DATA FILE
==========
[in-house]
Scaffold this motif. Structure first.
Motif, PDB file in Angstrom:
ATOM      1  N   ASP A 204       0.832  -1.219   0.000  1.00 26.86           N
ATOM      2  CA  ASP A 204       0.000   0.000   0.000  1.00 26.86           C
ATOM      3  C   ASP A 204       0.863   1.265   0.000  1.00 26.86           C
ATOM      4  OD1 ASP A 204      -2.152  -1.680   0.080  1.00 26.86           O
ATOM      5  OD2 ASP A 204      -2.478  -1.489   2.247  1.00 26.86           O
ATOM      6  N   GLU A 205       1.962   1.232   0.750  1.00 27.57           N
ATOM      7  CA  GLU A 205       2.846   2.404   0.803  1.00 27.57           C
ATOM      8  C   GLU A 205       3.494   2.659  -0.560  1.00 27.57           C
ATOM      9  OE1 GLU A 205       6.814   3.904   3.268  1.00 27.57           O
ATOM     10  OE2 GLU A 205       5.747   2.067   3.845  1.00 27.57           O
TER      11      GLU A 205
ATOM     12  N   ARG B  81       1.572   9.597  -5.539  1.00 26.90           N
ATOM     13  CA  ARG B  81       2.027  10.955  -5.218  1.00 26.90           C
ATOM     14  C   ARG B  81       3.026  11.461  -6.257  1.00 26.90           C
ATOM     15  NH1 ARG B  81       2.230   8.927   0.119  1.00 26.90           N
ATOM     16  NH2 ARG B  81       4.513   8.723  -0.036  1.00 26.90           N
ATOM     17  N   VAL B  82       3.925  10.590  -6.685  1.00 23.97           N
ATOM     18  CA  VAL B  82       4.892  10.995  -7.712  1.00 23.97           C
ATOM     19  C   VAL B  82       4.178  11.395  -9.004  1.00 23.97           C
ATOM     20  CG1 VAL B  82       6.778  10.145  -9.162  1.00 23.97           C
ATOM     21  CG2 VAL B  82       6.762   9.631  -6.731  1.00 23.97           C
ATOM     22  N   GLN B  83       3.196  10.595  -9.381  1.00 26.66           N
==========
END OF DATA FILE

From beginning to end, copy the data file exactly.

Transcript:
[in-house]
Scaffold this motif. Structure first.
Motif, PDB file in Angstrom:
ATOM      1  N   ASP A 204       0.832  -1.219   0.000  1.00 26.86           N
ATOM      2  CA  ASP A 204       0.000   0.000   0.000  1.00 26.86           C
ATOM      3  C   ASP A 204       0.863   1.265   0.000  1.00 26.86           C
ATOM      4  OD1 ASP A 204      -2.152  -1.680   0.080  1.00 26.86           O
ATOM      5  OD2 ASP A 204      -2.478  -1.489   2.247  1.00 26.86           O
ATOM      6  N   GLU A 205       1.962   1.232   0.750  1.00 27.57           N
ATOM      7  CA  GLU A 205       2.846   2.404   0.803  1.00 27.57           C
ATOM      8  C   GLU A 205       3.494   2.659  -0.560  1.00 27.57           C
ATOM      9  OE1 GLU A 205       6.814   3.904   3.268  1.00 27.57           O
ATOM     10  OE2 GLU A 205       5.747   2.067   3.845  1.00 27.57           O
TER      11      GLU A 205
ATOM     12  N   ARG B  81       1.572   9.597  -5.539  1.00 26.90           N
ATOM     13  CA  ARG B  81       2.027  10.955  -5.218  1.00 26.90           C
ATOM     14  C   ARG B  81       3.026  11.461  -6.257  1.00 26.90           C
ATOM     15  NH1 ARG B  81       2.230   8.927   0.119  1.00 26.90           N
ATOM     16  NH2 ARG B  81       4.513   8.723  -0.036  1.00 26.90           N
ATOM     17  N   VAL B  82       3.925  10.590  -6.685  1.00 23.97           N
ATOM     18  CA  VAL B  82       4.892  10.995  -7.712  1.00 23.97           C
ATOM     19  C   VAL B  82       4.178  11.395  -9.004  1.00 23.97           C
ATOM     20  CG1 VAL B  82       6.778  10.145  -9.162  1.00 23.97           C
ATOM     21  CG2 VAL B  82       6.762   9.631  -6.731  1.00 23.97           C
ATOM     22  N   GLN B  83       3.196  10.595  -9.381  1.00 26.66           N